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The Robot Revolution=Robotic Evolution

Early Androids
You can’t escape them. Turn on the TV, pick up a magazine or newspaper, search the Internet. Robots started off as a futuristic threat, quickly became a nervous, jokey prediction about lost jobs for humans, and now are in danger of becoming a meme.

Still, other than the occasional Roomba vacuum cleaner or Robomow lawnmower (my favorite), most of us still haven’t seen a robot in action. That’s because they work largely behind the scenes on the factory floor. It’s also because they tend to look nothing like the bipedal, anthropomorphic, android robots of our imagination and our toy stores. Today’s robots are designed to do very specific functions that may require one arm or three, or no arms and legs at all. Or if they are sexbots, they may require any of the above plus body parts currently beyond our technical capabilities (although they’re coming, too.)

We are living at the very beginning of not just a robot revolution, but also of robotic evolution. And just as Mother Nature abhors a vacuum, so does Silicon Valley and its various offshoots. Everything robotic that can be tried will be tried. So in an effort to keep everyone up to speed, here are videos of three of the more interesting robots being touted as a potential next big thing. All are well worth sampling.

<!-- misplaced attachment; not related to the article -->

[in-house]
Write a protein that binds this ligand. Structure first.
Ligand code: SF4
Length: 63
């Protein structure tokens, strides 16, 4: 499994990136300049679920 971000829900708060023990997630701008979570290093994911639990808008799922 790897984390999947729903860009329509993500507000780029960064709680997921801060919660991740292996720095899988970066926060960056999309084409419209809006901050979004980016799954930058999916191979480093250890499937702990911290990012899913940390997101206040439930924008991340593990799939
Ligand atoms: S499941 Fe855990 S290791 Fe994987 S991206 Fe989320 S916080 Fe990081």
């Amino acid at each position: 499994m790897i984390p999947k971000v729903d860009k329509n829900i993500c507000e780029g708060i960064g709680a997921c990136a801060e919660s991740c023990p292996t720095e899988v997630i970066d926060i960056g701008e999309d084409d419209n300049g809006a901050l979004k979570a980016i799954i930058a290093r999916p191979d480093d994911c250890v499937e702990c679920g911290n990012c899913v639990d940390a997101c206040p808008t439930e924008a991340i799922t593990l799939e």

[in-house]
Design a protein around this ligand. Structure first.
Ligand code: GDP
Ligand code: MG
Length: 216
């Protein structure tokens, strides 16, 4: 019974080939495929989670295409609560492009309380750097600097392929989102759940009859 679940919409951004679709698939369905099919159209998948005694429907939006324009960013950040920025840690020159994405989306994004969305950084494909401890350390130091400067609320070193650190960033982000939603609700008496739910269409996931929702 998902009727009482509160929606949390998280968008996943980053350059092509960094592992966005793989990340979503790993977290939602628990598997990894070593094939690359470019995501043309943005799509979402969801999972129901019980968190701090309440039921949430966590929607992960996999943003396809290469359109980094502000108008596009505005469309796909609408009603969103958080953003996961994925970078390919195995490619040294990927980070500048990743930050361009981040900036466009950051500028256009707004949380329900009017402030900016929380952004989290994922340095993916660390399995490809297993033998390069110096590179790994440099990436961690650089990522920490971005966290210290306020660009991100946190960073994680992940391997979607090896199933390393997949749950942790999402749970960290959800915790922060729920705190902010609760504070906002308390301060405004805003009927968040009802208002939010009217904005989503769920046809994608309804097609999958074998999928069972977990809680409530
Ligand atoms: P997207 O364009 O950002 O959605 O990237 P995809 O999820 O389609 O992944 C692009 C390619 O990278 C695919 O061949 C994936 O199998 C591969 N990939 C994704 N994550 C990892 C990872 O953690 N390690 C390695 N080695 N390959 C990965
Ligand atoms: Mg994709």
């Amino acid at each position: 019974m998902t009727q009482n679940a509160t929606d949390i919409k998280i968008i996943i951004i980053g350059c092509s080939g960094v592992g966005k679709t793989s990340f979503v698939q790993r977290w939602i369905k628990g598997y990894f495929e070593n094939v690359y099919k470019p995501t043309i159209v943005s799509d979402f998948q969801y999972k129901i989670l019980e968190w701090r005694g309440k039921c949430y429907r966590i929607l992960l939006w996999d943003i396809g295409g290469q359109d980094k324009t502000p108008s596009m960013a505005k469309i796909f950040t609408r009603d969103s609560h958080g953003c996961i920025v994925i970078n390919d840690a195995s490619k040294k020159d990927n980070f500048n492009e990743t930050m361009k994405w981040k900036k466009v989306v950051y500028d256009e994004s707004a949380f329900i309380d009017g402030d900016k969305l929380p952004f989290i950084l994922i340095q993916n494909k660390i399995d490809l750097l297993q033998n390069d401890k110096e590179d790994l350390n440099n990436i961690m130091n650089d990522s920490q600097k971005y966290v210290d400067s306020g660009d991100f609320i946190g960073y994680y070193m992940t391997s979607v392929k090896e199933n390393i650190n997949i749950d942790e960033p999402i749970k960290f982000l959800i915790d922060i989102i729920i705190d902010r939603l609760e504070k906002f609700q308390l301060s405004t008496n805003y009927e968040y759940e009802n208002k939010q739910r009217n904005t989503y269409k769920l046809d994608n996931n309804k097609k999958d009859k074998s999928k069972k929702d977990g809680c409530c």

Anyone who’s every attempted to assemble a piece of Ikea furniture, knows the perils of instructions translated from the Swedish into an unspecified third-world language, and then back to English. These robots couldn’t care less.

The mystery is not how Amazon can carry so many different products, it’s how they can find them in their warehouse and get them delivered to you the next day. If only Indiana Jones had Amazon’s robotic capabilities, we’d know where to find the Ark of the Covenant in a heartbeat.

For devotees of Simple Simon or Patty Cake games, nothing will ever beat this robot who (that, which?) is programmed to faithfully mimic human gestures.

I’ll continue to keep looking for other examples of this new silicon-based life form. In the meantime, I’m finishing edits on my climate-change novel, The Eleventh Grieve. I’ll be heading down to DC in early May to pitch it to five lucky agents at a writer’s conference sponsored by the Washington Independent Review of Books. So stand by for more news.

For a more entertaining but equally informative take on the same issue, please click here.

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